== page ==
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How farmers use and manage tree germplasm: case studies from the Peruvian Amazon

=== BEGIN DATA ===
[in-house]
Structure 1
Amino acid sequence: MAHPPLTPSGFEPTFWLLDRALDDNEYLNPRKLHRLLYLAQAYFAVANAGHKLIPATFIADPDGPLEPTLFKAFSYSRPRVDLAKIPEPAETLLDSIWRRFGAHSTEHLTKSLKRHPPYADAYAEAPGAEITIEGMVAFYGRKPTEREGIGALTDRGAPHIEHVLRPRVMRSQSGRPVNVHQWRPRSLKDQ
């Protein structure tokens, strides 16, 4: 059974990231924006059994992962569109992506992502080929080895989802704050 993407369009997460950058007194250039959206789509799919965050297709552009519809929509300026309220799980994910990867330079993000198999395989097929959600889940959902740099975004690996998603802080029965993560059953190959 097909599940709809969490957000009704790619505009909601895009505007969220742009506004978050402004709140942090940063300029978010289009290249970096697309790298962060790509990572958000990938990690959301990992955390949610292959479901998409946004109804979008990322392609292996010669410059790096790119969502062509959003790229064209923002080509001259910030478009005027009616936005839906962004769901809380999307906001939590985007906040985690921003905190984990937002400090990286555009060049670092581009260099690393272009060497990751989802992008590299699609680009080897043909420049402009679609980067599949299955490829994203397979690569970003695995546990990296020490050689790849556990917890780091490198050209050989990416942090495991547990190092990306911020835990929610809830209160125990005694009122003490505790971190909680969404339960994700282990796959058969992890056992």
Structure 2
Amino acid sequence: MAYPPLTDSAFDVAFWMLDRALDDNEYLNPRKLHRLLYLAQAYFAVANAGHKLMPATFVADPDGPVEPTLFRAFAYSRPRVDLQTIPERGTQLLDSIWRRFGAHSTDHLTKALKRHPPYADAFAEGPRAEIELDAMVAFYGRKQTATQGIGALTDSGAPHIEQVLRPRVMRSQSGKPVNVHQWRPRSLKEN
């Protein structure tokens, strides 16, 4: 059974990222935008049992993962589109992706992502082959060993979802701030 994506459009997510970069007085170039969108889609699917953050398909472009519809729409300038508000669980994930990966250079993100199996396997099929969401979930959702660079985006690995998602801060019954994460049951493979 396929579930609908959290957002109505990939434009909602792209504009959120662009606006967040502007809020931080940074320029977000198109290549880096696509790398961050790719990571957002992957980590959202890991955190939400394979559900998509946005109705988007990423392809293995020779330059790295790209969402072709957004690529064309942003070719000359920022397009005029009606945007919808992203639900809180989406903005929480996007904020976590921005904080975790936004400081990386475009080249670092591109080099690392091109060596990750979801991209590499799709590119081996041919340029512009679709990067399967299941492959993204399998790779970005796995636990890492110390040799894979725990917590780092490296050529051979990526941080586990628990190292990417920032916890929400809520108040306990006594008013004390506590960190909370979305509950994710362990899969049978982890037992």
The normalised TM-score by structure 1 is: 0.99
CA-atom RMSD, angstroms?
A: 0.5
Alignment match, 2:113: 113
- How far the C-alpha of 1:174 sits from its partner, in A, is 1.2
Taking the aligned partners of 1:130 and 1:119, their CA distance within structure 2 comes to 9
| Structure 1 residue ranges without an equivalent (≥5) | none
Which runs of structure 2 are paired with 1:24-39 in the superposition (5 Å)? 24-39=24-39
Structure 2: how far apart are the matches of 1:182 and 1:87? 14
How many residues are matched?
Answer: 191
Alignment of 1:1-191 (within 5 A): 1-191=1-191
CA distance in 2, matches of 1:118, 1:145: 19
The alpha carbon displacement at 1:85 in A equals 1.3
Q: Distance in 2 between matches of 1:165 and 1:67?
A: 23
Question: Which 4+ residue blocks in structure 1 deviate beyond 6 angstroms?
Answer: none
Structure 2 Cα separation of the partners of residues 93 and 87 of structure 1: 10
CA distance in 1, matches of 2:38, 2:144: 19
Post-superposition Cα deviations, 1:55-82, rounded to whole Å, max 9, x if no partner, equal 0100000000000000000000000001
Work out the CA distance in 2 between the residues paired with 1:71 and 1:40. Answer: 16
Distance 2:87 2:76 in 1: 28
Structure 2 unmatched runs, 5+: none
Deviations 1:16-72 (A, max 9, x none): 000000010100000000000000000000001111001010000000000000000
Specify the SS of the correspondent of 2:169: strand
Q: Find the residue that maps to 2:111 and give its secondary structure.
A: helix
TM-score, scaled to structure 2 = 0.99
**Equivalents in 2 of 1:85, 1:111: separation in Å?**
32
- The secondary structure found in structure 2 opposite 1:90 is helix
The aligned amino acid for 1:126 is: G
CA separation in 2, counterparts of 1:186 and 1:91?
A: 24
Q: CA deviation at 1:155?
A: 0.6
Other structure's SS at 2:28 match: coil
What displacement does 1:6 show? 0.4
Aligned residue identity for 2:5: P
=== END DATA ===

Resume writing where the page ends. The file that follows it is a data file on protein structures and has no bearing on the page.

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The results of case studies (rapid rural appraisal approach) conducted in the Pucallpa region, Peru, during 1996, are presented. Information was obtained on the socioeconomic conditions of the farmers (2 indigenous and 3 immigrant) who all practiced slash-and-burn agriculture on a 5-20 year cycle. Trees in the region are used primarily, in order of preference, for fruit, construction poles, firewood, medicines, sawn timber, fencing, canoes and soil improvement. Some trees, especially fruit trees, are planted, but management is restricted to weed control during establishment. Germplasm came mainly from natural regeneration of existing trees and on-farm collections. Selection criteria for fruit trees concentrated on fruit quality rather than quantity. It is concluded that there is obvious lack on farm of quality tree germplasm of some species, although most farmers seem unaware of this.

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